#IOMEMyStory: Words My Mother Never Told Me

WARNING: I want to offer a trigger warning. For those of you who are currently struggling with tough issues with a parent or abuse, this testimony may be triggering. In the case you decided to continue to read on, and it does elicit emotions, please connect with IOME so we can offer you support. 

You have a story. I have a story. Each one of us has a story that needs to be shared, valued and heard. 

As a therapist, I believe in the power of telling your story to someone you can trust. I have seen it time and time again; after just a session or two my client hesitantly begins to open up and start explaining her story from the very beginning. It's as if I can literally see the weight lifting off her shoulders. She begins to break free from the burden she has been carrying far too many years. 

Naturally, she immediately diminishes her story, "I know others have it so much worst... I really should be grateful for what I have now.... I feel bad making a big deal of this...." 

"STOP. RIGHT. THERE." I interrupt her in the most gently yet firm tone I can possibly muster. "You story matters. Your experience was real. Your feelings are valid. I understand that there may be those who have had it worse. And yes, you should be grateful for what you have now, but by all means this is the place and now is the time to make it a big deal. This is where we will safely explore your story and release yourself from it." She then takes a sigh of relief and we continue, safely and confidently unraveling her story. 

Recently, a dear friend of mine reached out and told me she has a story and felt compelled to share it with others in hopes it can powerfully influence at least one person. In order to keep it confidential, I invited her to write her story to me. Reassuring her that her story matters and needs to be told, reassuring her that someone out there will be impacted by this story.


In May of this year, there was a lot to celebrate in our family. Both of our children were graduating from college. It wasn’t supposed to be this way, but issues with one of their degree programs/credits, caused one of them to push their graduation back a semester. I was secretly excited that both of our children, while on different career paths, were graduating weeks apart from each other. One of them had to pass a huge state exam or their four years of hard work were in jeopardy. They had been stressing about it for months and months. The results would be in right before graduation. Then, the email came….they passed! We cried and jumped around like kids who just found out they were going to DisneyWorld. I could just see the stress melting away from them. It was awesome. They immediately started calling everyone close to them; their dad (my husband), paternal grandparents, cousins, and great aunts and uncles.

As they finished calling each person, in my mind, I was saying, “Hurry up so I can call people I know." When they called the last person on the list I thought, finally I can call someone! That is when I was hit with an unexpected ton of bricks going 1,000 miles an hour; I realized I had no one to call. Not one single person. Thus began months of anxiety, panic attacks, and such a sense of great loneliness. Everything that I thought was gone came back in a single instance.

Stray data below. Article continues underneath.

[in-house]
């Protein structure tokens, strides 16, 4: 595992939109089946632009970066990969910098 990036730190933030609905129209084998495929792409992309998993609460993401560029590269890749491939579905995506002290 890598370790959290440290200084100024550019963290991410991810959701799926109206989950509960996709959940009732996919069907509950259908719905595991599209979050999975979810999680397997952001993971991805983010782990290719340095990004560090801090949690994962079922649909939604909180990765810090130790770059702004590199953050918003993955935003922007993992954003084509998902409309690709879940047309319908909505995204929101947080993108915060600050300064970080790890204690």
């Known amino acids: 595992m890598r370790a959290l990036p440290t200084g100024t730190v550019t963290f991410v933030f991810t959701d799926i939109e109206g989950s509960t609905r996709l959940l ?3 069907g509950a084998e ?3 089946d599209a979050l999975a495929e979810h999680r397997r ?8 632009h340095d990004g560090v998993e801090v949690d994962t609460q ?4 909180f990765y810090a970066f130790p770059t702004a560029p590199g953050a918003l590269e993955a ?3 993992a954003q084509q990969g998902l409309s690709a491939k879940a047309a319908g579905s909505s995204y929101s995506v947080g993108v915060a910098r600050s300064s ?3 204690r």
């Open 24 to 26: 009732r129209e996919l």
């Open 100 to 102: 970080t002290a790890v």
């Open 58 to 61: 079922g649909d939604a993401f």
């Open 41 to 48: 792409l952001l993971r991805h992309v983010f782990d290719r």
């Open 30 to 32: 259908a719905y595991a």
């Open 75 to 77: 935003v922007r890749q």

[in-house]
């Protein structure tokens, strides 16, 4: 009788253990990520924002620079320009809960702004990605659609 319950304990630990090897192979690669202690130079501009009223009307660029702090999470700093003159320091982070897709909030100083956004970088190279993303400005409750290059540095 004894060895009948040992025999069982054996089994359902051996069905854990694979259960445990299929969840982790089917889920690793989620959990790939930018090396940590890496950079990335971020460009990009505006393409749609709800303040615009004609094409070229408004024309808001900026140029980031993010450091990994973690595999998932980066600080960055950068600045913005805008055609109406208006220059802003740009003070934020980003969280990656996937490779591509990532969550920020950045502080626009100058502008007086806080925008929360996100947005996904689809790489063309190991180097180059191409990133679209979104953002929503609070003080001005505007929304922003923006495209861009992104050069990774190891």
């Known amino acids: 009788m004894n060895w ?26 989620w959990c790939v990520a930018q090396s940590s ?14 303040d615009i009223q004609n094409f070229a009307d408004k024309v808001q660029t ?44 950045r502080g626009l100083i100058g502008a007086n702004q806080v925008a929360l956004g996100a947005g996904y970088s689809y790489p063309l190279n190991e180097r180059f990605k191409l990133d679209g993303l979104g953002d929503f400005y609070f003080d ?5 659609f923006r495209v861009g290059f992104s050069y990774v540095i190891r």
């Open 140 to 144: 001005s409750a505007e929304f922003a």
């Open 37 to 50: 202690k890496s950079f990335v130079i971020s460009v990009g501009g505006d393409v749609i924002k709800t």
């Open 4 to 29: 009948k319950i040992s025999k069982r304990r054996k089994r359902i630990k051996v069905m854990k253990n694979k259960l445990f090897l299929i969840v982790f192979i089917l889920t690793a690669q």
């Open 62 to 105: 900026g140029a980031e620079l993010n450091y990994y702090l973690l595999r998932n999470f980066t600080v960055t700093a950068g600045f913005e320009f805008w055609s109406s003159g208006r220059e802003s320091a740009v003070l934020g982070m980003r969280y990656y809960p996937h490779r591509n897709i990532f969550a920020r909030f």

I came from a very violent, unstable, home. Too many children, not enough money, and a father who was mentally, physically, emotionally, and verbally abusive. My mother, while I am now educated about all this, had mental issues with depression and she was a compulsive liar. My father beat on all of us. He could also tear a room up in 0.1 seconds, then turn around and make us clean it up. His anger ruled the roost. Anything and everything set him off, so I had to pick my battles carefully.

When I was about 6, I tried to run away. Everyone just laughed at me because all I had was my jewelry box and a few clothes. Not even a jacket. My mother sarcastically said, “Where do you think you are going to go?” I had no answer, but I knew I wanted to leave. Everyday I was walking on egg shells. This was my life for 18 years.

As I said, I had to pick my battles. So that is why I never felt safe to tell my parents that for many years I was being sexually abused by my older brother. My thinking was that I was going to be the one to get in trouble because I let him or because I didn’t say anything, or because I did. It happened so often, I thought it was part of everyone’s daily life. When I would go to school I would wonder why no one talked about it. In my childish mind, I thought well no one talks about what they ate for dinner everyday, or how many times they blinked their eyes, so why would they talk about this?

The abuse went on for over ten years. What that abuse exactly was isn’t relevant, what is relevant is that it happened over and over. When I was about 15 or 16 years old, I had reached a boiling point. All the crap going on in my home, along with the abuse was getting to be too much. I also had a boyfriend, who is now my husband.